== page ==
Sole Proprietorship

The sole proprietorship is the simplest and most popular form of business ownership which can be choosen to start a business. It is not complicated, very easy to setup, and has nominal costing. A sole proprietor only need to register the name and secure local licenses, and the sole proprietor is ready for business. It is an unincorporated business that is owned by one individual who is personally responsible for making decisions, receives all the profits, claims all the losses. If you are a sole proprietor, you also assume all the risks of the business. The risks extend even to your personal property and assets. A sole proprietorship can operate under the name of its owner or it can do business under a imaginary name, such as batra’s cosmetics. The imaginary name is simply a trade name which does not create a legal entity separate from the sole proprietor owner.

Like all businesses, sole proprietorship also need to obtain the necessary licenses and permits. Regulations vary by industry, state and locality. Use the Licensing and Permits tool to find a listing of federal, state and local permits, licenses and registrations you’ll need to run a business. The sole proprietor owner will have customers write checks in the owner’s name, even if the business uses a fictitious name and has to sign contracts in their own name, because the sole proprietorship has no separate identity under the law. Sole proprietor owners can, and often do, combine personal and business property and funds, something that partnerships, LLCs and corporations cannot do. Sole proprietorships often have their bank accounts in the name of the owner. Sole proprietors don’t need to do formalities such as voting and meetings associated with the more complex business forms. Sole proprietorships can bring lawsuits (and can be sued) using the name of the sole proprietor owner. Many businesses begin as sole proprietorships and graduate to more complex business forms as the business develops.


  • Schedule C (Profit or Loss from Business)
  • Form 1040 (Individual Income Tax Return)
  • Schedule SE (Self-Employment Tax)
  • Form 1040-ES (Estimated Tax for Individuals)

Your profits/losses and expenses are first recorded on a tax form called Schedule C, which is filed with your 1040. Then the “bottom-line amount” from Schedule C is transferred to your personal tax return. This aspect is intresting because business losses you suffer may offset income earned from other sources.

Advantages of Sole Proprietorship:

  1. Easy and least expensive form of ownership – A sole proprietorship is the easiest and least expensive form of ownership to organize, cost is also nominal.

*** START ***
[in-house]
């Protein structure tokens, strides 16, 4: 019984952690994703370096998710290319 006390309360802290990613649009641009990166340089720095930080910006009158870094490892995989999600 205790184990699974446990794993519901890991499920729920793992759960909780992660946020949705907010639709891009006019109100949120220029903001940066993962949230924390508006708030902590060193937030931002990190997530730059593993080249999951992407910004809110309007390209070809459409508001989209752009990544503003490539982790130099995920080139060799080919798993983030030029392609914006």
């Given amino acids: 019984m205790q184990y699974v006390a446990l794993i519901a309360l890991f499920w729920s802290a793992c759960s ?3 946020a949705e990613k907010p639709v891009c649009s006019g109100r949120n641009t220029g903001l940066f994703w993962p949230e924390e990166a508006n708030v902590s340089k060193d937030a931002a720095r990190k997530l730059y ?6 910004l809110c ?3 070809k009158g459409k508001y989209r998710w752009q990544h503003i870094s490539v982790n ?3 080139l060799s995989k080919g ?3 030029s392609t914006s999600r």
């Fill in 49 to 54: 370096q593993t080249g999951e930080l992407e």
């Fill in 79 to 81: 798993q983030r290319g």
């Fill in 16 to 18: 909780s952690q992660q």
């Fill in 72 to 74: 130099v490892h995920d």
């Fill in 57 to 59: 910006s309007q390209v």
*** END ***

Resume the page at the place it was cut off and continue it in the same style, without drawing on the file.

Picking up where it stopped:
2. Complete control – Sole proprietor is the only owner so can make any decision or change without any consultation but within the parameters of the law.
  3. Complete income – Sole proprietors receive all income generated by the business to keep or reinvest. Profits from the business flow directly to the owner’s personal tax return.
  4. Easy tax preparation – Your business is not taxed separately, so it’s easy to fulfill the requirements for a sole proprietorship. The tax rates are also lowest for this business ownership
  5. East to dissolve – If a sole proprietorship business owner desires to discontinue the business for any reason then things like reporting or consultaion is not needed, the owner can dissolve the business whenever wants.

Disadvantages of a Sole Proprietorship:

  1. Unlimited liability – Sole proprietors have unlimited liability and are legally responsible for all debts, losses, liabilities against the business. There is no legal separation between you and your business so your personal assets are at risk.
  2. Can’t raise funds – Sole proprietorship owner can not raise funds and are often limited to using funds from personal savings or consumer loans. You cannot sell stock in the business, which limits investor opportunity. Banks are also hesitant to lend to a sole proprietorship because of the risk when it comes to repayment if the business fails.
  3. More responsibility/work – The another face of complete control is the work load and pressure. You alone are ultimately responsible for the successes and failures of your business.

8 thoughts on “Sole Proprietorship

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